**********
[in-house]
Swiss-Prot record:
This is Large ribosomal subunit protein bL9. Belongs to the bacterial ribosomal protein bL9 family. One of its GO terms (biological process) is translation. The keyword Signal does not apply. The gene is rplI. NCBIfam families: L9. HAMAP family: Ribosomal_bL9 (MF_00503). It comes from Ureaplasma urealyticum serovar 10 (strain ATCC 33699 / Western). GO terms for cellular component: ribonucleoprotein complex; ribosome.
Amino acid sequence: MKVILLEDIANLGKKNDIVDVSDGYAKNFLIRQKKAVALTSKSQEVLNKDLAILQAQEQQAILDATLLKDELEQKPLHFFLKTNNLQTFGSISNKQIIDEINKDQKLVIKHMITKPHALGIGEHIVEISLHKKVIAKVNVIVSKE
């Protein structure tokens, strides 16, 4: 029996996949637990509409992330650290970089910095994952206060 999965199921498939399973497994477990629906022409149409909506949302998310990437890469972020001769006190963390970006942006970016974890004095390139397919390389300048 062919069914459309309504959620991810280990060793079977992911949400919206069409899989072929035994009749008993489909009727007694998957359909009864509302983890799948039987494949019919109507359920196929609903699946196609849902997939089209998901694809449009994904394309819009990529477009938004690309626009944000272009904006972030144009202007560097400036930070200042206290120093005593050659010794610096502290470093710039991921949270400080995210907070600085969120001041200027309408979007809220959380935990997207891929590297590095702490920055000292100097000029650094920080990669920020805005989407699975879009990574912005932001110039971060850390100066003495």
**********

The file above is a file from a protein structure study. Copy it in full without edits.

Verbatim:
[in-house]
Swiss-Prot record:
This is Large ribosomal subunit protein bL9. Belongs to the bacterial ribosomal protein bL9 family. One of its GO terms (biological process) is translation. The keyword Signal does not apply. The gene is rplI. NCBIfam families: L9. HAMAP family: Ribosomal_bL9 (MF_00503). It comes from Ureaplasma urealyticum serovar 10 (strain ATCC 33699 / Western). GO terms for cellular component: ribonucleoprotein complex; ribosome.
Amino acid sequence: MKVILLEDIANLGKKNDIVDVSDGYAKNFLIRQKKAVALTSKSQEVLNKDLAILQAQEQQAILDATLLKDELEQKPLHFFLKTNNLQTFGSISNKQIIDEINKDQKLVIKHMITKPHALGIGEHIVEISLHKKVIAKVNVIVSKE
């Protein structure tokens, strides 16, 4: 029996996949637990509409992330650290970089910095994952206060 999965199921498939399973497994477990629906022409149409909506949302998310990437890469972020001769006190963390970006942006970016974890004095390139397919390389300048 062919069914459309309504959620991810280990060793079977992911949400919206069409899989072929035994009749008993489909009727007694998957359909009864509302983890799948039987494949019919109507359920196929609903699946196609849902997939089209998901694809449009994904394309819009990529477009938004690309626009944000272009904006972030144009202007560097400036930070200042206290120093005593050659010794610096502290470093710039991921949270400080995210907070600085969120001041200027309408979007809220959380935990997207891929590297590095702490920055000292100097000029650094920080990669920020805005989407699975879009990574912005932001110039971060850390100066003495």